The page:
If you execute the command, you'll be taken to the Google Maps page. Or, you can click on the image in the preview to get a larger, interactive version. After scrolling and zooming this map to your liking, you can click the "insert map in page" link to insert the map into your email.
You can give it a try by selecting the address below and issuing "map":
Mozilla Corporation, 1981 Landings Drive, Mountain View, CA
Then click the image in the preview to get the larger map, then click the "insert map in page" link and watch what happens. Surprised?
The Translate command
That's right, Ubiquity commands can alter the contents of a page, even if the page wouldn't normally be editable. A command that makes good use of this ability is the "Translate" command. To try it, select the text below and issue "translate" (or just "tra") and execute.
It's translation-by-machine, so the results are bound to sound awkward, but at least you can get the gist of the meaning.
The full command is
translate (text) (from language) (to language)
So you can specify what language you want to translate from, and what language you want to translate to. If you leave either of these out, Ubiquity will just make a guess about what you want.
Here are some other examples you can try:
- "tr good evening to spanish"
- "tr buenos tardes from spanish to french"
- Select some English text on this page and then: "translate this to german"
Getting Help and Discovering Commands
By now you're probably wondering, "How many commands are there? What are they all called? How am I supposed to know what a command could be unless I memorize them all?"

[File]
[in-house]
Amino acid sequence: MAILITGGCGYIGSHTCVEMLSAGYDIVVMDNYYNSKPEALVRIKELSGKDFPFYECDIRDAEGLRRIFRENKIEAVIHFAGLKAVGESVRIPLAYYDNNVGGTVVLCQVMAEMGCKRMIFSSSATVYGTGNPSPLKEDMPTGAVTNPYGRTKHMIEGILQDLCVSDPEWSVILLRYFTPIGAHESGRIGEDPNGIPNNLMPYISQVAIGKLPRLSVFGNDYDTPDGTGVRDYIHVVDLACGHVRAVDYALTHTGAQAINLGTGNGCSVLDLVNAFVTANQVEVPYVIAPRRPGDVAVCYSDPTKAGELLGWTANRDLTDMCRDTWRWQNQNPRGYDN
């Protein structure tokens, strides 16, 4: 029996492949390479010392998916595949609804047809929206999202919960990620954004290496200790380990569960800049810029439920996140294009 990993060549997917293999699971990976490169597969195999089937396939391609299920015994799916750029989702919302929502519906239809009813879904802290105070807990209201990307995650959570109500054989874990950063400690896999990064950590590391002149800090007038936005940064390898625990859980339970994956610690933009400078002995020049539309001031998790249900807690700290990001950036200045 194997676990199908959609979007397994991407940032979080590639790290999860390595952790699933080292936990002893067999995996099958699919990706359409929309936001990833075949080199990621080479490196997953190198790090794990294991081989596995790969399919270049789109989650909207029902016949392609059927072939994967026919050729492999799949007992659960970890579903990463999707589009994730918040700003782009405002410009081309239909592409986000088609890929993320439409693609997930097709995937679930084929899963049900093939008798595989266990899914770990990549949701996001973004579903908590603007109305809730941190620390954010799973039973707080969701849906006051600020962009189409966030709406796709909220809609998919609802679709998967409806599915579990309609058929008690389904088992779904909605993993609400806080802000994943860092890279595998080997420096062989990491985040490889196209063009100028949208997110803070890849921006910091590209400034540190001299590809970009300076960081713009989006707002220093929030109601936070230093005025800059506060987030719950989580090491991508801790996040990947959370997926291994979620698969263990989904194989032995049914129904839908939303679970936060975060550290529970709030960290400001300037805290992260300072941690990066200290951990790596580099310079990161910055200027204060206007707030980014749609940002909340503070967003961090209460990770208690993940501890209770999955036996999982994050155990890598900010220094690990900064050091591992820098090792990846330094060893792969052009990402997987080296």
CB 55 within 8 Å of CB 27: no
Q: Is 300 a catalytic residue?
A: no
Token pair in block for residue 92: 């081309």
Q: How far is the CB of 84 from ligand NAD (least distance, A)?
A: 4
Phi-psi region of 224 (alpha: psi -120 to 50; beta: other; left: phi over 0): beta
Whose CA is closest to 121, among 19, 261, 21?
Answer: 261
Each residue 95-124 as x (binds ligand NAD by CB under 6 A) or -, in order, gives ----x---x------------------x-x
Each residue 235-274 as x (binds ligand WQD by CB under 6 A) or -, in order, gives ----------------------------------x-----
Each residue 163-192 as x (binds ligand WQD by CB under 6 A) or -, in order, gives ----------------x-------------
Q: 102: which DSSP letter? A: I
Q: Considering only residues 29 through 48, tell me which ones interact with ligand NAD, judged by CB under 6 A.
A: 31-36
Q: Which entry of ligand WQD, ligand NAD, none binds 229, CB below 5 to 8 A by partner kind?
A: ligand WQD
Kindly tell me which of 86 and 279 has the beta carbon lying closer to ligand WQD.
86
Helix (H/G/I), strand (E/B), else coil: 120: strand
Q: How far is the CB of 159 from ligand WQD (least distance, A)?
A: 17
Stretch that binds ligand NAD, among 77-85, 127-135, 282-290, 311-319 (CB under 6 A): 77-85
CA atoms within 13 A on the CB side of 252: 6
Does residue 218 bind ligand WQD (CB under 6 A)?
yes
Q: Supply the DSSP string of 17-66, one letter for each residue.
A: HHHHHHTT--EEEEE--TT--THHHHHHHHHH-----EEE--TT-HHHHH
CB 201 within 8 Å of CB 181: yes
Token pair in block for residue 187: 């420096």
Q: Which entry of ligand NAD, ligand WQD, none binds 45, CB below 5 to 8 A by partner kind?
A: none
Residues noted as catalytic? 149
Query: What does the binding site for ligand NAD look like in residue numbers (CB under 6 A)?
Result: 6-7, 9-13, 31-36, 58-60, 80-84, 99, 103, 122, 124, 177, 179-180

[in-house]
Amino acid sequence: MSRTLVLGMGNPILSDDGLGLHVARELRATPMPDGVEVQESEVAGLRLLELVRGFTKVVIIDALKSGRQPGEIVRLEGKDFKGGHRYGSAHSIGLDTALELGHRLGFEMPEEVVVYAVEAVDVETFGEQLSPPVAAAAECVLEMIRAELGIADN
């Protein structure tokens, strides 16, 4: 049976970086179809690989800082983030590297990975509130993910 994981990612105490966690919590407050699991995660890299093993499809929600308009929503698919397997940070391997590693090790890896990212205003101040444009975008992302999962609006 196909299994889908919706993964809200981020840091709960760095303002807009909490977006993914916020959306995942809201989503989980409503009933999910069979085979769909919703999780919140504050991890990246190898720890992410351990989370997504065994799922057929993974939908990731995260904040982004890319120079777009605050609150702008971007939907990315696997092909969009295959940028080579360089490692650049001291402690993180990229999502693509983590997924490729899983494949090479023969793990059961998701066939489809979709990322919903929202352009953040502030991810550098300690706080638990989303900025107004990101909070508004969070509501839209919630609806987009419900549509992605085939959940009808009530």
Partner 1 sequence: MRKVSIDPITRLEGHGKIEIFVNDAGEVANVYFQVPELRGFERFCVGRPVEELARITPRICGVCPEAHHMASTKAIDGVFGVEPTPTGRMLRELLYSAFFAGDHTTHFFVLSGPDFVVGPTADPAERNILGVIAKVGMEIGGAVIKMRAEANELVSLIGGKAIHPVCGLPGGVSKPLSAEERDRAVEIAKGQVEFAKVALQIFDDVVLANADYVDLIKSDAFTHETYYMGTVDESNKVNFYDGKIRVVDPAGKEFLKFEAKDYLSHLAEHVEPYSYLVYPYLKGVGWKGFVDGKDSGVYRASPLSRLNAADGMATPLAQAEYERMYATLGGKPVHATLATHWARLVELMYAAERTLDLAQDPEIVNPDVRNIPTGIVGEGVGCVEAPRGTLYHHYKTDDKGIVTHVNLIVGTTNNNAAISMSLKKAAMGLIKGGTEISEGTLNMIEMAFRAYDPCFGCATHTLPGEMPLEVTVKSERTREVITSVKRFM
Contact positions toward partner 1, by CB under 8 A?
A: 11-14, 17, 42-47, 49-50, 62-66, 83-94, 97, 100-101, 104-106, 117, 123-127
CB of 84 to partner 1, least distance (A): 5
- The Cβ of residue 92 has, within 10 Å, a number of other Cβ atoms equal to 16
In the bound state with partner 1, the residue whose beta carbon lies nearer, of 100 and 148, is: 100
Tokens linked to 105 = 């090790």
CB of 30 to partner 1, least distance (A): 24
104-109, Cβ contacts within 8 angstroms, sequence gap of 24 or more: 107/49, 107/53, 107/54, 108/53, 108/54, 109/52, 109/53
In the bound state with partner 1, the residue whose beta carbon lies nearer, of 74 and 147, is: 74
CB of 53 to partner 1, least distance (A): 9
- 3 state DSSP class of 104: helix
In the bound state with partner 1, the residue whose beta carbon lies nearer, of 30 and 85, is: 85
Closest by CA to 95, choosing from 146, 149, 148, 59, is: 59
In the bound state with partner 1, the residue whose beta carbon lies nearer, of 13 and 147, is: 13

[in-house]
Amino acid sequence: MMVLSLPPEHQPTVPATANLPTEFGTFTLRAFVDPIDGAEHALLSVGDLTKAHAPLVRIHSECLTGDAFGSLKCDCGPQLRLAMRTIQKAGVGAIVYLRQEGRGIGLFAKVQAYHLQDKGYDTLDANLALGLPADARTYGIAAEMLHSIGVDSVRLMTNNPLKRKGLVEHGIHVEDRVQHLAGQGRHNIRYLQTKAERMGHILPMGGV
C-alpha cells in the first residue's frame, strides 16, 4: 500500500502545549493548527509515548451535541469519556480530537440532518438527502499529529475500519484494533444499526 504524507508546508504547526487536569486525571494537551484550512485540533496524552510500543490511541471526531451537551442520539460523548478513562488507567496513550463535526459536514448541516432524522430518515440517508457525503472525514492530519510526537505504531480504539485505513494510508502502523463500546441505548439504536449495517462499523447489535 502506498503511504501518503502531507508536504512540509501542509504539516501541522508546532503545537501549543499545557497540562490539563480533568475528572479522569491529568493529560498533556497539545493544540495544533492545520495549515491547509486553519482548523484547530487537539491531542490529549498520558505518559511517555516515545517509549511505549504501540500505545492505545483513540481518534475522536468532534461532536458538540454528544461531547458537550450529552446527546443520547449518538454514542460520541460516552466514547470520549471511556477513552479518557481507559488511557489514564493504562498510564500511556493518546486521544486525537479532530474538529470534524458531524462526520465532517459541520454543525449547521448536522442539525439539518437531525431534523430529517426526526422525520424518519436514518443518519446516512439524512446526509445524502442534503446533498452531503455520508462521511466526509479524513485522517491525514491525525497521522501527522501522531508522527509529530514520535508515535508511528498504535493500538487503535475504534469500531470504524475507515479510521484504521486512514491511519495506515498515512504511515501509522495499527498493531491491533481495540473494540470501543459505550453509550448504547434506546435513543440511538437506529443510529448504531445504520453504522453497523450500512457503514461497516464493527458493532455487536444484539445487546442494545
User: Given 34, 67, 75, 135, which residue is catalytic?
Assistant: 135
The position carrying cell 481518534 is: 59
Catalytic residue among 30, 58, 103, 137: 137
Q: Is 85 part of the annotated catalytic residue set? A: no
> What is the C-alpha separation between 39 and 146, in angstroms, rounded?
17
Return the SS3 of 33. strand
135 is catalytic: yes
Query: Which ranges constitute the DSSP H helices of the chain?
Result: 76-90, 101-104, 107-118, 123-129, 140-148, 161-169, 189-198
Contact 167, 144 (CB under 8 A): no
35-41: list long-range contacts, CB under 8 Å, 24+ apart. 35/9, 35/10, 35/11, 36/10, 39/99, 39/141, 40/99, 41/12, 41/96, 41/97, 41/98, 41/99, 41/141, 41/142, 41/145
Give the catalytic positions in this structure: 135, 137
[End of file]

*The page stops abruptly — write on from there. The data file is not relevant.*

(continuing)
These are good questions! To start getting some answers, issue the "command-list" command, and hit Return to execute it. You'll be taken to a special page listing every command you have installed, and describing what each one does.
For more general help, you can execute the "help" command. Here, you can change the hotkey that you use to activate Ubiquity, un-subscribe from command feeds, and so on.
The general help page and the command-list page link to each other, so whichever one you open, you can get to the other with a single click.
You can also get to the main help page by typing about:ubiquity into the Firefox URL bar.
Using the Context Menu
Typing into the Ubiquity input box isn't the only way to activate a command. Try this: First select the formula below...
1/3 + 1/5 - 1/7 + 1/9 - 1/11 + 1/13 - 1/15
Then right-click on the selection (on a Mac, hold down the Ctrl key and click). You'll see a context menu appear. At the bottom of the menu should be a line that says "Ubiquity". Move the mouse over this and a sub-menu will appear containing a variety of Ubiquity commands, like so:
Select "Calculate". You'll see the result of calculating the expression.
Note that this is exactly the same result as you could have gotten by selecting the formula and issuing "Calculate" by typing into the input box, then hitting Return.
Teaching Ubiquity New Commands
We've mentioned that anyone can create Ubiquity commands. Once created, these commands can be embedded in any web page. If you have Ubiquity installed and you visit a page with an embedded command, Firefox will present you with the option of subscribing to the command.
To see this in action, you can visit this example page on Atul's personal site. You should see a bar coming down from the top of the browser window asking you whether you want to subscribe to the command or not.
If you choose to subscribe, you'll see a rather scary-looking warning page:
It's important to understand the dangers of subscribing to Ubiquity commands from sites that you don't trust. Since a Ubiquity command can do anything, and it has full access to your web browser, a bad person could write a Ubiquity command to steal your personal information or do malicious things to your computer. You should not install Ubiquity commands unless you are confident that the source is trustworthy.
In the future, we'll be creating something called a "trust network" that Ubiquity users can use to share knowledge about which commands are trustworthy. When you visit a page with an embedded command, you'll be able to see what your friends with Ubiquity have said about this command -- whether they've given it a thumbs-up or left you a warning to let you know it could be dangerous. This system doesn't exist yet, but once it does we will modify this section of the tutorial to let you know how to use it.